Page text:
>> new law. For example, the FCC can't free up the local govs from the state
>> restraints under Title II, which is why the Clyburn bill has those
>> provisions unless those states change their laws. It can free up federally
>> funded fiber under E-Rate early next year that will help with public
>> infrastructure, but that's a small lift politically for the Biden FCC. And
>> most of the money the FCC has available is obligated now under RDOF for
>> years on out, so absent a new infusion of funds, there isn't more money
>> coming from the FCC without Congress.
>> This is also specifically focused on densely populated cities and not a
>> rural solution and focused on what can be done by regulation without money.
>> Also nothing will be done that won't face litigation challenge by the ISPs,
>> but if you start on year 1 you can get to resolution by year 2 to begin to
>> enforce.
>> On 11/17/20 2:18 PM, Christopher Mitchell wrote:
>> I respect the people who may support this, but not only would I not sign
>> this letter, I actively oppose it. I do not think it is in anyone's
>> interest to force AT&T to invest more in low-income communities. AT&T will
>> never do a good job of meeting those needs and I think work focused on how
>> to pass laws that would force AT&T et al to do that would be wasted. We
>> need to focus on better approaches to ensuring everyone can access the
>> Internet, as I outlined here:
>> https://nonprofitquarterly.org/a-signal-failure-education-broadband-and-our-childrens-future/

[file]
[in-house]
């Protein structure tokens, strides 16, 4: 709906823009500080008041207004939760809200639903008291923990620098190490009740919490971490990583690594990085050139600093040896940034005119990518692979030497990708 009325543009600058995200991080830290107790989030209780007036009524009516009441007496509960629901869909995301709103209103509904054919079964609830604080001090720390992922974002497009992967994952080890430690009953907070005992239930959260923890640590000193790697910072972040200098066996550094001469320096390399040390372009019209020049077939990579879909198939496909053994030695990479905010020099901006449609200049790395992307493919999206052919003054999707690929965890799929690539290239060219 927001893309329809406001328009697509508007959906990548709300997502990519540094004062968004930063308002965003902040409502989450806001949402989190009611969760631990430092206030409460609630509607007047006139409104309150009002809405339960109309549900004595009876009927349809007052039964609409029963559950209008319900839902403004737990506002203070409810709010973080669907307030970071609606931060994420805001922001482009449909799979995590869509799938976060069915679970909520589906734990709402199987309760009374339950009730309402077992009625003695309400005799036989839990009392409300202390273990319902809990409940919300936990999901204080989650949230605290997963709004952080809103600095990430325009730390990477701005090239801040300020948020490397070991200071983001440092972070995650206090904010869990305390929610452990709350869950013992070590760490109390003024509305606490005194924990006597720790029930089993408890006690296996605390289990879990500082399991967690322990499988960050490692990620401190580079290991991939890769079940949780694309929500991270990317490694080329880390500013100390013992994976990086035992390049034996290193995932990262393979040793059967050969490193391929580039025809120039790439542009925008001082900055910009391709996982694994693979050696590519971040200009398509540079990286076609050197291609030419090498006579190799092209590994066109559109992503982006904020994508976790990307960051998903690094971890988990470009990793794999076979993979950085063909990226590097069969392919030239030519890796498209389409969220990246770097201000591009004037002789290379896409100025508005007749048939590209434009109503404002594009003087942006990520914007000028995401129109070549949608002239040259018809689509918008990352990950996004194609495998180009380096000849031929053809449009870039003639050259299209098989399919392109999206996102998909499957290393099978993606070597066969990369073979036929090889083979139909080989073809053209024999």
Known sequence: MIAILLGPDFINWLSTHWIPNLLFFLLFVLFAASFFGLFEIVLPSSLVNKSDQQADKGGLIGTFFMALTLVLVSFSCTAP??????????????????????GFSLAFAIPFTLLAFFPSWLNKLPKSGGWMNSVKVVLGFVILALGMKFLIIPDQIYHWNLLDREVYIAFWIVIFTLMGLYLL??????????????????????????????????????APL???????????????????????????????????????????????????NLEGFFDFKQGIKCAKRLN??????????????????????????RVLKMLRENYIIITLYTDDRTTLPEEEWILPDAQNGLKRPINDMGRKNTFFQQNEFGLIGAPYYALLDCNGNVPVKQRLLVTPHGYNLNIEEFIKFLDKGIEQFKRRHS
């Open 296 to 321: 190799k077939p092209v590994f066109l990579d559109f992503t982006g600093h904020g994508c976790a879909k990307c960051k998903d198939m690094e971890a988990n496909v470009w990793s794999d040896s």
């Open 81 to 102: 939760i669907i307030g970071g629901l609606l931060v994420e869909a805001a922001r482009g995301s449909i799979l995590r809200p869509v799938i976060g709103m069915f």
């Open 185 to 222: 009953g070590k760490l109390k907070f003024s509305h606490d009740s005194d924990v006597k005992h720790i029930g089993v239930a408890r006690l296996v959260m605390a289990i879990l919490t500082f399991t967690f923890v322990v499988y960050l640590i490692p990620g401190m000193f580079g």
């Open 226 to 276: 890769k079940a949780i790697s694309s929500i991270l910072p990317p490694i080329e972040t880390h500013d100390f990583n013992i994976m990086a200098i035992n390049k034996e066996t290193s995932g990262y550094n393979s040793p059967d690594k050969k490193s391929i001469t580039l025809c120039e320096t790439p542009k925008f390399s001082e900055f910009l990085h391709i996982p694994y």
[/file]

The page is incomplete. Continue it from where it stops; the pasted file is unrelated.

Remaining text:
>> If you use the force of law to compel AT&T to invest in these areas, you
>> will make it less likely and more difficult for ISPs and business models
>> that will do a much better job of meeting those needs in the short and long
>> term. I do not think there is a short term argument in favor of forcing
>> AT&T to invest in certain areas as it will be years of court battles that
>> would have to be won prior to AT&T changing any investment plans.
>> In disagreement, but solidarity,
>> Christopher Mitchell
>> Director, Community Broadband Networks
>> Institute for Local Self-Reliance
>> MuniNetworks.org <http://www.muninetworks.org/>
>> @communitynets
>> 612-545-5185
>> On Tue, Nov 17, 2020 at 2:25 PM Ernesto Falcon <ernesto at eff.org> wrote:
>>> Hey folks,
>>> The time to weigh in with the incoming Biden Administration on goals for
>>> the first year is *now*. Decisions about staffing federal agencies and
>>> setting their priorities are happening as we speak so that come January
>>> they can hit the ground running. Not a lot has been submitted to the
>>> transition team about what the FCC should do so I worked with some folks to
>>> come up with this letter that I present to you for your consideration.